Windsor Assembly Plant will hire 1,200 new workers, instead of 600 as originally projected, said Reid Bigland, president and CEO at Fiat Chrysler Automobiles.
Bigland made the announcement as part of a press event at the Canadian International Auto Show in Toronto Thursday. The company first posted online job postings for assembly line workers in October.
Approximately 4,500 workers assemble the Dodge Grand Caravan and the Chrysler Town and Country at the facility in Windsor, Ont.
This year, the company is introducing a brand new minivan called the Pacifica, which will replace both models, though the company plans to keep producing the current model of the Grand Caravan as long as there is buyer demand.
The 2017 Chrysler Pacifica is expected to hit dealerships sometime in the spring with full production ramping up in May, Bigland said.
The Pacifica will also be built in Windsor. At the North American International Auto Show in January, FCA officials said the Pacifica would guarantee work at that facility for at least six or seven years.
"We just made a substantial investment in Canada, I think probably one of the largest ever," Bigland said in Toronto. "We're excited about our new minivan and we're focusing on the things we can control."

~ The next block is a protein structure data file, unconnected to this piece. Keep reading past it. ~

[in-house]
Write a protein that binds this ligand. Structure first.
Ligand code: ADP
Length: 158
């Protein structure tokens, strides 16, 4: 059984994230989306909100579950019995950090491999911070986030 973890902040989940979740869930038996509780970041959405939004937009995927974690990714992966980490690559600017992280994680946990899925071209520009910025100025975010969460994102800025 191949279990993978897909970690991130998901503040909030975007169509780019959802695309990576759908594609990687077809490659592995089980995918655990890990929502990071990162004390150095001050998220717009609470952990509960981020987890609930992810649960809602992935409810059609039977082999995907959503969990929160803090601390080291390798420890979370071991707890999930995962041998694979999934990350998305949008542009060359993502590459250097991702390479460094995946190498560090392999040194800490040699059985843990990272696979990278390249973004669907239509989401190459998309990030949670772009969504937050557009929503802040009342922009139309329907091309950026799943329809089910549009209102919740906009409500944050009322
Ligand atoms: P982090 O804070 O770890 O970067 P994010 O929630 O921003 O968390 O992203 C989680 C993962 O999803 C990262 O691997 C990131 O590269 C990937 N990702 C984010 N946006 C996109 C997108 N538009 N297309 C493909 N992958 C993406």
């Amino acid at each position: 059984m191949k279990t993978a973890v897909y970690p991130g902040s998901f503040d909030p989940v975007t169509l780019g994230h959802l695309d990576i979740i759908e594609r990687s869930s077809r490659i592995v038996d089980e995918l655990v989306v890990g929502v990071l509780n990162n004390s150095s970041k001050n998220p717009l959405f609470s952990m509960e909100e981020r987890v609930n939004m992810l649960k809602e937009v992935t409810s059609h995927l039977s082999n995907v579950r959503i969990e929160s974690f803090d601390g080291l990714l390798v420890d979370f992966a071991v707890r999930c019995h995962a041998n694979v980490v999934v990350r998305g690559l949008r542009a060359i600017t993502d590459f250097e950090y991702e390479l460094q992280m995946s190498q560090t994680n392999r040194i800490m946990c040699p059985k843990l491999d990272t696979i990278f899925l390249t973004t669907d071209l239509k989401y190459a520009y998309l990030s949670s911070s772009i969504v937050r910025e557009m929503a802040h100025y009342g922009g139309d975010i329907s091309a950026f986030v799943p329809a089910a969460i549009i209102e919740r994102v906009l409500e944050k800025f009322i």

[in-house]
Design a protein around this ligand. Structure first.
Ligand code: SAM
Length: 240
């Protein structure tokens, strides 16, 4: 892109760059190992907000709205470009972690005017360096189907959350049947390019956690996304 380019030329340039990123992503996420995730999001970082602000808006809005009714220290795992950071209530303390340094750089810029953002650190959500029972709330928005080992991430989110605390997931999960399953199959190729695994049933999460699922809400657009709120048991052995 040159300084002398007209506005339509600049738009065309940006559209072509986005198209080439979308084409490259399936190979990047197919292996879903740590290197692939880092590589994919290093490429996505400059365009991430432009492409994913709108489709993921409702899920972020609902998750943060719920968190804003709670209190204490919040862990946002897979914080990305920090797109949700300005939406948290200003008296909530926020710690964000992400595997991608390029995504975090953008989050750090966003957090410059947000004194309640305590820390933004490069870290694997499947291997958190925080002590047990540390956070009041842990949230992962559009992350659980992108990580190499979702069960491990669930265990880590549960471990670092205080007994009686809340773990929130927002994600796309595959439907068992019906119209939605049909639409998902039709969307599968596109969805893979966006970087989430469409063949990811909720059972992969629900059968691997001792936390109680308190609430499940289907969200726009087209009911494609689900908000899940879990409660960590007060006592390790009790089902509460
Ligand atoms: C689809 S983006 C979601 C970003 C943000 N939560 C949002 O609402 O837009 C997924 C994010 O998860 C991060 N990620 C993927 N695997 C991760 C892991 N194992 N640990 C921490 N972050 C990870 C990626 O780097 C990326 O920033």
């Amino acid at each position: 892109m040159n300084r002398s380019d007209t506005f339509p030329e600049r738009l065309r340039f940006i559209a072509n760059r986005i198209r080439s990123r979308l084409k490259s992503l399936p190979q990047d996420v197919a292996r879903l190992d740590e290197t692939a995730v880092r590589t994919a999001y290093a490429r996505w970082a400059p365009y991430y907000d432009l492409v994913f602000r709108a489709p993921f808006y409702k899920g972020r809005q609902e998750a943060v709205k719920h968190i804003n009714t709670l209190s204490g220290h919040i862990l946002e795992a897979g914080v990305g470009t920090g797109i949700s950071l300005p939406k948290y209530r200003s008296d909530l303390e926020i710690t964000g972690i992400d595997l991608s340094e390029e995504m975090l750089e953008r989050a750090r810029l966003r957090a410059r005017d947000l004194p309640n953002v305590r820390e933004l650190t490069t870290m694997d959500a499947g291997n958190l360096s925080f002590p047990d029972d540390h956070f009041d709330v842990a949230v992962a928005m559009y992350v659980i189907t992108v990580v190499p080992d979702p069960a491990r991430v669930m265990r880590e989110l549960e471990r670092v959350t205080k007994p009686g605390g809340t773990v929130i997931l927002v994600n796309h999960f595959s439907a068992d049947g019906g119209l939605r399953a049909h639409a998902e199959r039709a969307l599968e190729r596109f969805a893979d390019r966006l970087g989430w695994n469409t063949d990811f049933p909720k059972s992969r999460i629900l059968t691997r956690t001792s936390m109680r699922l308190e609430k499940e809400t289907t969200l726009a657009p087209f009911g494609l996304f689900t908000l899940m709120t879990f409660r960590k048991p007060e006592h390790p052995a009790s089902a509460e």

Bigland also spoke about FCA's plans to focus in on minivans, trucks and SUVs at the show. He said the company would continue producing smaller cars, but would be looking "where the puck is going" in terms of the auto-buyers market.
New employees to build Pacifica
The 1,200 new workers will make up jobs lost through attrition as well as new employees to build the Pacifica, Dino Chiodo told CBC News in a phone interview.
Chiodo is the president of Unifor Local 444, which represents assembly workers at Windsor Assembly Plant. He is in Toronto for the Canadian International Auto Show.
"This shows Canada can compete," Chiodo said. "Canada has the ability to have some of the best productivity levels, the best training opportunities, the best launches," he said. "We've got educated people, skilled people that can build an award-winning vehicle."
'It's great news'
Windsor Mayor Drew Dilkens said the city knew the job numbers would be higher than initial figures suggested, but he did not know the final number until it was announced.
"It's great news," he said. "We have high unemployment in Windsor so that helps lower that, but it's also great news because we know there is a nine to one spin-off [for each job]."